Sounds good…but does a business minded approach include a system that forces the additional cost of wristbands on its patrons that no one wants to wear on a beach?  But apparently we have to because the Park Commission is essentially saying; “We don’t trust you—any of you—not to cheat us”.

Always good for business….

The penalty for not wearing the wrist band is to have to pay your entrance fee again. But as a permit holder, I don’t pay an entrance fee, anymore—and thanks for that by the way. So if I get caught without a wrist band, I guess I have to not pay again….and again and again. I suppose until I learn my lesson.

Of course, having two workers in place for every job such as fee collecting is practical. At least for the one just sitting there texting.  Having a half dozen or more parking lot attendants standing around on a slow Wednesday afternoon talking about the Yankee game works.

Sending out countless letters in the spring announcing that permit holders can now renew by mail, after two years of having to come to the park office, was a welcome change.  Until someone decided that new pictures were needed for all the permits, so, you guessed it, you still had to go down to the office, even if you mailed in your check.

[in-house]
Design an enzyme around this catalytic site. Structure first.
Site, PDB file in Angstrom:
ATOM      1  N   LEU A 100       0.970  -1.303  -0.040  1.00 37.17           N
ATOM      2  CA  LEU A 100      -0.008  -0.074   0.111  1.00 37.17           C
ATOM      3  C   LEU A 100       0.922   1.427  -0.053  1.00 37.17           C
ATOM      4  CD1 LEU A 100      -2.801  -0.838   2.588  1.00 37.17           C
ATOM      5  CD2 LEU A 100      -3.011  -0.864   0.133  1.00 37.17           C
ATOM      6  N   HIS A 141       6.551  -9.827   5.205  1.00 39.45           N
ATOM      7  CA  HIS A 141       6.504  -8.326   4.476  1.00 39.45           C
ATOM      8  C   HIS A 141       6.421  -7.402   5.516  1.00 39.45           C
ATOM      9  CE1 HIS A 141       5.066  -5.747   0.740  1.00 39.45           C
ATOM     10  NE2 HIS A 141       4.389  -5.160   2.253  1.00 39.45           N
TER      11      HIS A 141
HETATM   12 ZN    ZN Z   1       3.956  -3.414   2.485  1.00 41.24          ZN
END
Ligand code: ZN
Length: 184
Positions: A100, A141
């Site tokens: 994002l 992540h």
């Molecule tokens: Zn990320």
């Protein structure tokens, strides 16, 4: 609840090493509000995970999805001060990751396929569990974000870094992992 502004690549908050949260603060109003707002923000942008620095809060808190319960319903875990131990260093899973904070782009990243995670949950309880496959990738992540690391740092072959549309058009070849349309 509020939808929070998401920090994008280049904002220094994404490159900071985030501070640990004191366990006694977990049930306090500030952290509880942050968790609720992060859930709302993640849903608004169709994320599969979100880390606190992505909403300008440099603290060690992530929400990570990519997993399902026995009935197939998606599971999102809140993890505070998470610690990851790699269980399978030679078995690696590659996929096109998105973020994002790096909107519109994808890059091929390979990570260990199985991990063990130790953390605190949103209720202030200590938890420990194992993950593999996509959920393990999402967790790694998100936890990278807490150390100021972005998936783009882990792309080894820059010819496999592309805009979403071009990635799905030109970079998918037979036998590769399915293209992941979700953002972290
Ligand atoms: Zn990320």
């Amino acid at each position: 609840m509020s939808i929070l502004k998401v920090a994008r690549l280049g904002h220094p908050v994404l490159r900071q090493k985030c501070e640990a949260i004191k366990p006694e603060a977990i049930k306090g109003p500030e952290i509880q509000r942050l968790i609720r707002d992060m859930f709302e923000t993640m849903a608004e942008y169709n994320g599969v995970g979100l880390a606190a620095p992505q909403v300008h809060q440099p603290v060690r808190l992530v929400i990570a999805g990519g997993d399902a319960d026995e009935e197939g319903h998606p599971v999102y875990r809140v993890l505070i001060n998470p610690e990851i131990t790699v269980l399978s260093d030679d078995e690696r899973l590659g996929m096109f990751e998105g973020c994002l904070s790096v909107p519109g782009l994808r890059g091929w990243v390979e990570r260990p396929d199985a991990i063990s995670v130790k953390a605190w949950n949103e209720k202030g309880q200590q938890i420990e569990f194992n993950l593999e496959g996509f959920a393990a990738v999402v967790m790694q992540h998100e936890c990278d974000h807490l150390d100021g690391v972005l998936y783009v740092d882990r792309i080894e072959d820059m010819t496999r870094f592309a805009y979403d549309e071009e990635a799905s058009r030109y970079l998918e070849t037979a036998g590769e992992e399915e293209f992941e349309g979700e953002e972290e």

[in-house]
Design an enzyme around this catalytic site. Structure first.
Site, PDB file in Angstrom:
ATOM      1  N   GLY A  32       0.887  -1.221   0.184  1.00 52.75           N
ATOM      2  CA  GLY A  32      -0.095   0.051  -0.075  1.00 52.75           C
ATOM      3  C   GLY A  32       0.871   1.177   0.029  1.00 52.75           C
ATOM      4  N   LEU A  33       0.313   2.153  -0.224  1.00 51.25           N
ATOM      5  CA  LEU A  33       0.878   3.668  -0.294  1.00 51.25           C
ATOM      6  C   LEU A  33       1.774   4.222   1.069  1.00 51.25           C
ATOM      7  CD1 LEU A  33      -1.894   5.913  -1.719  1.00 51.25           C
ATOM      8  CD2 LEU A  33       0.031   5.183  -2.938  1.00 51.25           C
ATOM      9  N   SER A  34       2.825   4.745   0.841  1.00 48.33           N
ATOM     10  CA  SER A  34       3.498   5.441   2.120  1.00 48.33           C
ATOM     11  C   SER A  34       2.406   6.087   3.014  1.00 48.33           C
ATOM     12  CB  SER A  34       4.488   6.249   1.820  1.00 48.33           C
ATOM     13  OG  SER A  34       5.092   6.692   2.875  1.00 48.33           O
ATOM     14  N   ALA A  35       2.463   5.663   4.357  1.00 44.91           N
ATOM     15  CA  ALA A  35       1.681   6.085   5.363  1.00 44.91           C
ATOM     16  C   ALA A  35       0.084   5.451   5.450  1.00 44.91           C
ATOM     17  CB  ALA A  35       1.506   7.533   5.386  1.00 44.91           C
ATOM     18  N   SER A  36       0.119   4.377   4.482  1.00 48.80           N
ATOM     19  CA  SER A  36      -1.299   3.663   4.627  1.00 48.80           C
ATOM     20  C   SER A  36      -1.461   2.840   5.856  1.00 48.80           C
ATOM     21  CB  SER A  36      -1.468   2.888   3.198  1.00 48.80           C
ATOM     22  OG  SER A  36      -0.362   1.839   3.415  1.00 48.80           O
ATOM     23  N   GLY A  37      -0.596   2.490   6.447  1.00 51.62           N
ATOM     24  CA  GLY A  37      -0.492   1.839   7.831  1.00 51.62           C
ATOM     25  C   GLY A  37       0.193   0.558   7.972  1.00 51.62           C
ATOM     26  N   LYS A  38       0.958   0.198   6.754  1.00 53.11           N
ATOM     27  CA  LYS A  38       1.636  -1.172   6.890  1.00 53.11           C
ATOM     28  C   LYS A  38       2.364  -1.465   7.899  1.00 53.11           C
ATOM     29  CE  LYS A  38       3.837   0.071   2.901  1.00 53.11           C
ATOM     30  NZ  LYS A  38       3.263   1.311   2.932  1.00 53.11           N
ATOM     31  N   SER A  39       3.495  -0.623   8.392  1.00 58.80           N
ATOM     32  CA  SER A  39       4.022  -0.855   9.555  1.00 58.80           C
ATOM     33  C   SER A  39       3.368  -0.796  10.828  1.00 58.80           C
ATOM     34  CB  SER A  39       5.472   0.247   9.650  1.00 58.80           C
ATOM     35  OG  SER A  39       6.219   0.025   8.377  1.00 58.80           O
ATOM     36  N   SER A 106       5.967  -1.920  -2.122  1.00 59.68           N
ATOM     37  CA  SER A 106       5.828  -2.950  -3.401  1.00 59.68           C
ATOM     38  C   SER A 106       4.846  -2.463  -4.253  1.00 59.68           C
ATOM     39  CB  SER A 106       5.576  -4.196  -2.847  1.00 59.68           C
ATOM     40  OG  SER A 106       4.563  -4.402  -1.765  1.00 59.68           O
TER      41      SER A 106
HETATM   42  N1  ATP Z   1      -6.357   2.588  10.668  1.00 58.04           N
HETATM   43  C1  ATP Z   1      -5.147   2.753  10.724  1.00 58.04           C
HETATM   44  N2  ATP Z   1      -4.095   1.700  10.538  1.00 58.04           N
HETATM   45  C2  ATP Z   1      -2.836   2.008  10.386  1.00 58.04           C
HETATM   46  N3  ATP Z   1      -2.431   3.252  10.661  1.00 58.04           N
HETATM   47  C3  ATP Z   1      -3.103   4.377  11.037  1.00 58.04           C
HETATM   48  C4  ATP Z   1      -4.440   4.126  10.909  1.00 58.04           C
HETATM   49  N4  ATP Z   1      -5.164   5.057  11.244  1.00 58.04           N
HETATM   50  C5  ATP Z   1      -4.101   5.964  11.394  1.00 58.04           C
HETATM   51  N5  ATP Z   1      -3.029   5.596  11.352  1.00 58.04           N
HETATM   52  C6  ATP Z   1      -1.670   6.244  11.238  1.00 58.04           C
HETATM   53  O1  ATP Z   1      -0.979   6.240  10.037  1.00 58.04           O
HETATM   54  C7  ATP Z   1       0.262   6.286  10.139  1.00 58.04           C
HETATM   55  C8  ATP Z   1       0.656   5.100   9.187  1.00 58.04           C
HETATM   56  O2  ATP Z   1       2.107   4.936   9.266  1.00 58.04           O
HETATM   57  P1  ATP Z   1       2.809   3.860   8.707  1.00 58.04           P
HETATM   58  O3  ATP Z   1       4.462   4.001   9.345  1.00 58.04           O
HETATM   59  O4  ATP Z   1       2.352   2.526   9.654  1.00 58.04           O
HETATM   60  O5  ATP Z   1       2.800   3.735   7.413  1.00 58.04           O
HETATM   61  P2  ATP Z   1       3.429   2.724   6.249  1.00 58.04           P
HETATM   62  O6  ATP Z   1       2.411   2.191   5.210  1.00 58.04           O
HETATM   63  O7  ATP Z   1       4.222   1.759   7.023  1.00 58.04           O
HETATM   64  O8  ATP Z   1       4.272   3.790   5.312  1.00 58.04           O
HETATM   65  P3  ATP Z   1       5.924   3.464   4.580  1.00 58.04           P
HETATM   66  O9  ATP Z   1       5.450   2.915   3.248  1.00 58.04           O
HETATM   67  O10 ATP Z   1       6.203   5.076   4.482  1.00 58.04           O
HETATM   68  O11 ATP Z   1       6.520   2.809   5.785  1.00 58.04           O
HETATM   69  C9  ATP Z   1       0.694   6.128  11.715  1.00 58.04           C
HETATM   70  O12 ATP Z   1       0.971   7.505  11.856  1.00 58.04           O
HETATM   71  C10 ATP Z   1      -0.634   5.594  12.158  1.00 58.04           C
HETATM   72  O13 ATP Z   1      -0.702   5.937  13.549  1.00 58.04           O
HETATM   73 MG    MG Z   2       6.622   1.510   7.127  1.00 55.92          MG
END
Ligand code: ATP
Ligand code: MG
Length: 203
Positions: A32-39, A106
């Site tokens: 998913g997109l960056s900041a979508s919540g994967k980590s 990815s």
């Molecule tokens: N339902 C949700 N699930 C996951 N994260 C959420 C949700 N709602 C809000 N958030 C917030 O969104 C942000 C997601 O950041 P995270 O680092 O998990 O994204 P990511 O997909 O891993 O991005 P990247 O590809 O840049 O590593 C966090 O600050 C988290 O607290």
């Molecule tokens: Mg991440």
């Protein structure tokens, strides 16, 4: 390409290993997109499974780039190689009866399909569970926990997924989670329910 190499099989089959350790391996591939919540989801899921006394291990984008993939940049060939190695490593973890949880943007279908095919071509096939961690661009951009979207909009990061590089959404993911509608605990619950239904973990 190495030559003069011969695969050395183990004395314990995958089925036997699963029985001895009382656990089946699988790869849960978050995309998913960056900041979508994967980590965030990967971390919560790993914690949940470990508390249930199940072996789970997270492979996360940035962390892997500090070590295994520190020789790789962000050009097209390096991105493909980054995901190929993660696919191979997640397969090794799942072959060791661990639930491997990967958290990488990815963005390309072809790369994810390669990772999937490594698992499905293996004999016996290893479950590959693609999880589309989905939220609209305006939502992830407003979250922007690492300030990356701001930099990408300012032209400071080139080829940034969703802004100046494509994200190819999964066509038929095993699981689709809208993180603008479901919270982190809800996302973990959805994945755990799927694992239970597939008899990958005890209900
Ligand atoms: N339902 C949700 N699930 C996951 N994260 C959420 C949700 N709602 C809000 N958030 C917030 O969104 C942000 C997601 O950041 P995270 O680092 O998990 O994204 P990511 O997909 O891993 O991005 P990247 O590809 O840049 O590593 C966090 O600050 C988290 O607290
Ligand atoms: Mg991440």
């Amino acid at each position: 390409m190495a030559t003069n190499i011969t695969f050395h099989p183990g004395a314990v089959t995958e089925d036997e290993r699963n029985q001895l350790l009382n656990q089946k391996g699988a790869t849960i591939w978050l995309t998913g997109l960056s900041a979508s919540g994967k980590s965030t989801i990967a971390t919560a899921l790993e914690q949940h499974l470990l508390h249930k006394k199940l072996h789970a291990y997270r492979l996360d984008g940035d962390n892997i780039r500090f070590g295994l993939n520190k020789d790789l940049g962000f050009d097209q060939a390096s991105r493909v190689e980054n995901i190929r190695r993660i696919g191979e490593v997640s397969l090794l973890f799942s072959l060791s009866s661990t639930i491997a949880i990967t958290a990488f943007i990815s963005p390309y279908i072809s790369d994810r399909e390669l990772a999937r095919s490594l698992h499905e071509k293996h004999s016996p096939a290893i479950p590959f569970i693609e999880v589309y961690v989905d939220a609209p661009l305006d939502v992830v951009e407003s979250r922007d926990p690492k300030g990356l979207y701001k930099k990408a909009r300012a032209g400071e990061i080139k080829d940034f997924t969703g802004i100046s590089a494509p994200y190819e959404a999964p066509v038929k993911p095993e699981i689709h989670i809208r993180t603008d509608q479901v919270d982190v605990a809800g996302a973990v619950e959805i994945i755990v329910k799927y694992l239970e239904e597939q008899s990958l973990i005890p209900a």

Creating a differential pricing system, for residents and nonresidents, which I think even the Commission folk have difficulty keeping straight, if you go by their website. Aside from requiring a decoder key to decipher the wheres and whens of who pays what…when and where, the new pricing has only served to keep a lot of hard working nonresident families away who can no longer afford or who are unwilling to pay the increased fees.  The result has been that attendance is down, in general, but weekday attendance, in particular, is way down. However, to offset this, the Commission is spending about $750 to print coupons to provide weekday discounts that will essentially reduce the fees back to where they were in the first place. But you have to be willing to pay the super-sized weekend fees in order to get the weekday only coupon, which is kind of self-defeating.

But, as the Commission says, the attendance is only down because the weathers been either too rainy, too cold, or just too hot. 

So, when in doubt, let’s just blame the weather. And now that I think of it, who wants to go to “The Beach” on a hot sunny summer day?

Not the Rye Town Park Commissioners.  Because if they did actually go to the beach, they would know…nobody wants to wear a silly paper wrist band.

And I haven’t even mentioned the new automated parking and beach access plan that’s being discussed.

Want a bottom line business approach...?

If it ain’t broke don’t fix it!

 If the walls are falling down and the doors and windows need painting, fix that. Raise the permit fees, if you have to. Regular beach goers, who appreciate “The Beach” for the commodity that it is won’t object…too much. Its money well spent.  Maybe even use some of the money that you’re not getting from Johnnie or the probable court fees you’re gonna pay.
But leave “The Beach” alone!